Eric Shultis received an Associate Degree in Illustration from Kendall College of Art and Design, a Bachelor's Degree in Fine Art from the same, and a Master of Fine Art from the University of Illinois at Urbana Champaign. His work has been exhibited in Chicago, Los Angeles, Washington D.C., Albuquerque, Santa Fe, and locally at Gallery 210, The Sheldon Art Galleries, The Foundry Art Centre, The International Photography Hall of Fame, and The Contemporary Art Museum St. Louis. His work was included in the 2004 Illinois State Museum exhibition Think Small, curated by Robert Sill. Eric is Vice President of the Alton Area Landmarks Association and has been accompanist (piano) for the Chapel Choir at the Greater Faith “City of Love” Missionary Baptist Church, where he serves as Deacon.


Elizabeth Sheck-Lambert

Elizabeth Sheck-Lambert is an artist and maker working in multiple mediums, specializing in metalsmithing, photography, prehistoric to iron-age textiles, bookbinding, and poetry. She received her MFA in Jewelry from Savannah College of Art and Design and her BFA in Photography from Fontbonne University. She and her husband now live in a lovely old house in Saint Louis full of weird art, bones, plants, cats, and dogs.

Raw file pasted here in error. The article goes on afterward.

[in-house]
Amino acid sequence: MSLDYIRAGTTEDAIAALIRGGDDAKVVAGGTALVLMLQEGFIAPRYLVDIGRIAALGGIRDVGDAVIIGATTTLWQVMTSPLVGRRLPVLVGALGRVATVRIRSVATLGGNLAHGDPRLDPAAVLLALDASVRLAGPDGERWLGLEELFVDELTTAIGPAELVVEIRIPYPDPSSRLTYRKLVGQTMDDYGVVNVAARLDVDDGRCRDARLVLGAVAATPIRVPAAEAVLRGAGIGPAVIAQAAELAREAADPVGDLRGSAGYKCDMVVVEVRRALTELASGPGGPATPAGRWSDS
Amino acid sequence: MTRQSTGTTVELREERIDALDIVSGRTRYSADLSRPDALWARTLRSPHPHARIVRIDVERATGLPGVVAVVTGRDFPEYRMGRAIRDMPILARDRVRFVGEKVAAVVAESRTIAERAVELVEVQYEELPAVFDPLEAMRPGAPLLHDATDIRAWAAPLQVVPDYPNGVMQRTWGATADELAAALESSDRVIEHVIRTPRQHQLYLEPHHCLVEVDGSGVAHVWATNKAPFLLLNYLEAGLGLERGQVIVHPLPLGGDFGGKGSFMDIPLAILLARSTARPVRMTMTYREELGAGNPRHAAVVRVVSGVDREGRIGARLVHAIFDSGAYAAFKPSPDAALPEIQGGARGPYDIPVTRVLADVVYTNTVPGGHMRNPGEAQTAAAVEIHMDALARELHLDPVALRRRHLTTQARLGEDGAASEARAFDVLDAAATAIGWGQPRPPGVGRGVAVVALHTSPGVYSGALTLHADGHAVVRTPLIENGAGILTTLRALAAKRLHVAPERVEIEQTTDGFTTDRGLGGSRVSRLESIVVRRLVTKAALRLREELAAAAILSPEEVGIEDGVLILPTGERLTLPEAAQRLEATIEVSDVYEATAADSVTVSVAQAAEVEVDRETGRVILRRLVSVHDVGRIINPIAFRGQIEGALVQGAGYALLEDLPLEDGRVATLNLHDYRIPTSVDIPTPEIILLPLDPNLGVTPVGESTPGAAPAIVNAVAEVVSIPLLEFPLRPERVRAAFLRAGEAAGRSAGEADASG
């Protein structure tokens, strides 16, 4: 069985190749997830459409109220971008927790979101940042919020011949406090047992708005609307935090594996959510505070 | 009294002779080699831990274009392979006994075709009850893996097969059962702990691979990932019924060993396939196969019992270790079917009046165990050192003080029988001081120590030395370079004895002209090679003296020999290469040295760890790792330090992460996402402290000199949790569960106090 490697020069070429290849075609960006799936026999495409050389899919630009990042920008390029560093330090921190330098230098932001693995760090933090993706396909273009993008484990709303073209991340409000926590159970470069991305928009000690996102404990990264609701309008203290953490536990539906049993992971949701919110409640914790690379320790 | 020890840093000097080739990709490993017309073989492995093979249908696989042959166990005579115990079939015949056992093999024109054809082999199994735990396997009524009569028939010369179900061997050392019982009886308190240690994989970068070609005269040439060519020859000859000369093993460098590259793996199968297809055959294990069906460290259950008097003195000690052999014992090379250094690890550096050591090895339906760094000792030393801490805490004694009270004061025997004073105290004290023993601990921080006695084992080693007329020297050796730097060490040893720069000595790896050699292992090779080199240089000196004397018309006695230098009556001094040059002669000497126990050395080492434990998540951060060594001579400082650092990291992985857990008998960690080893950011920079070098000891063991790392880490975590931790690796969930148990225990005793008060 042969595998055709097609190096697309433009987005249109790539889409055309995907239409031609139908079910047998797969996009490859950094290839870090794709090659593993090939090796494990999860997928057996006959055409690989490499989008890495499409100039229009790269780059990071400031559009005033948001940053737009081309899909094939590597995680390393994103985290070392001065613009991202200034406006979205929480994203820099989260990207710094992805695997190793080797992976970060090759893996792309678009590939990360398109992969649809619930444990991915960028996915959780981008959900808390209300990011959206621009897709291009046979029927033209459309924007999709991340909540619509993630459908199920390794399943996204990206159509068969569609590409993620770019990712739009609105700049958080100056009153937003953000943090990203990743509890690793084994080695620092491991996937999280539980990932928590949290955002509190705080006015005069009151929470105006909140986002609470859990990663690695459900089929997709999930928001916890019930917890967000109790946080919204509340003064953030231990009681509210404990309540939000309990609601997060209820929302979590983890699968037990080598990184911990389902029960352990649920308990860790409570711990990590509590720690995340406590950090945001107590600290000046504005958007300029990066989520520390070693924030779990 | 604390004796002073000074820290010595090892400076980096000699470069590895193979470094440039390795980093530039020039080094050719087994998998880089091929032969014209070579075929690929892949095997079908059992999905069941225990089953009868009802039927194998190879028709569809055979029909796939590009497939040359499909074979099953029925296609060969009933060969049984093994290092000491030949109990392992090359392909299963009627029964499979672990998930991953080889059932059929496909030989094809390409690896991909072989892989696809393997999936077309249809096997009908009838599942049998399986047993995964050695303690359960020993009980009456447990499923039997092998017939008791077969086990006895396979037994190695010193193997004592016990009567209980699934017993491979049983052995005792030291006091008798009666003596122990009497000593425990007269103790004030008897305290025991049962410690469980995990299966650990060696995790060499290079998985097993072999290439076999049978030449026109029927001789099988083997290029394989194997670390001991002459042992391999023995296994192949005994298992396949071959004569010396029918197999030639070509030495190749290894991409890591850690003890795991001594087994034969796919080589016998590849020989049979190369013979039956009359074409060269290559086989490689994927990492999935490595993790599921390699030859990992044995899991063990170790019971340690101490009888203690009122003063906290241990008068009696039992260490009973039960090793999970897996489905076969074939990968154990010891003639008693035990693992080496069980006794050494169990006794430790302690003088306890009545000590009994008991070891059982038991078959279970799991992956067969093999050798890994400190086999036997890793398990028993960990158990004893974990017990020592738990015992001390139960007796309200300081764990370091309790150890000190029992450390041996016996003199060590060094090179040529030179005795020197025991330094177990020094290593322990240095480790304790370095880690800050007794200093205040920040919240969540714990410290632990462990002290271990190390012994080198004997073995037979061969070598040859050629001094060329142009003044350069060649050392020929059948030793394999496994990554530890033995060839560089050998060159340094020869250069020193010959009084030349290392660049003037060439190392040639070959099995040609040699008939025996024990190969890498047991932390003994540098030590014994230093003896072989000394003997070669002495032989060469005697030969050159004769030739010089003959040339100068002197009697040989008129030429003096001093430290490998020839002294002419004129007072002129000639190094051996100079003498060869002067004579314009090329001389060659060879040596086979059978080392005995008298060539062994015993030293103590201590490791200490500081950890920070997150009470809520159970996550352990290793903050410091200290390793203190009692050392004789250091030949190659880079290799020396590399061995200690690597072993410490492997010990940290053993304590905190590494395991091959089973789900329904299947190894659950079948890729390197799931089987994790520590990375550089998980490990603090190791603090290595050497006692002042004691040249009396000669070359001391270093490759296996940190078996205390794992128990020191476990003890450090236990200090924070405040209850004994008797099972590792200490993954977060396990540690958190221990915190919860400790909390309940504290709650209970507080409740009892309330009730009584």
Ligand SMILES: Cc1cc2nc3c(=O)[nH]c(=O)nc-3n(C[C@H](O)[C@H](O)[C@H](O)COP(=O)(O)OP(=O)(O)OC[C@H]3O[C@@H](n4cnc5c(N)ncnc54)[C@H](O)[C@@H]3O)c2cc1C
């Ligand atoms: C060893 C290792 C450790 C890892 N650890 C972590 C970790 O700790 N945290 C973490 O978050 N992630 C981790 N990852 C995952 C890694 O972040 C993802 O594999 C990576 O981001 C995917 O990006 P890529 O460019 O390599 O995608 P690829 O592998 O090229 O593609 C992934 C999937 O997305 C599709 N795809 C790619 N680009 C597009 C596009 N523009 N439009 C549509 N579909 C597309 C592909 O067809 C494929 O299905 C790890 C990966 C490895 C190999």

Sage Mend

Sage Mend is a textile artist and weaver from Knoxville, Tennessee, United States. Raised in Southern Appalachia, fiber techniques such as quilting were learned from the family. The use of fabric and yarn materials from stores such as the Dollar Store, Joann Fabrics, and Walmart became key components of her practice when combining woven structures with materials. A browse through the Dollar Store leads to velvet coloring pages, inspiring the use of black chenille in weavings. Such novelty materials reference contradictory aspects of the American middle class, such as cheap and alluring. Through structural and material exploration on the loom, ideas of the contemporary unicorn as an icon for the American Dream are investigated and heightened, solidifying their presence in weaving and textile history. This solidification, in their indulgent materiality, forms a new unicorn lineage. Other works investigate phone and digital technology while referencing double-exposed images to speak to the multiple exposures of place. A sense of travel exists as a common thread throughout the work, as ideas of the unicorn and personal identity are separate but become parallel concepts in their movement throughout digital and physical places.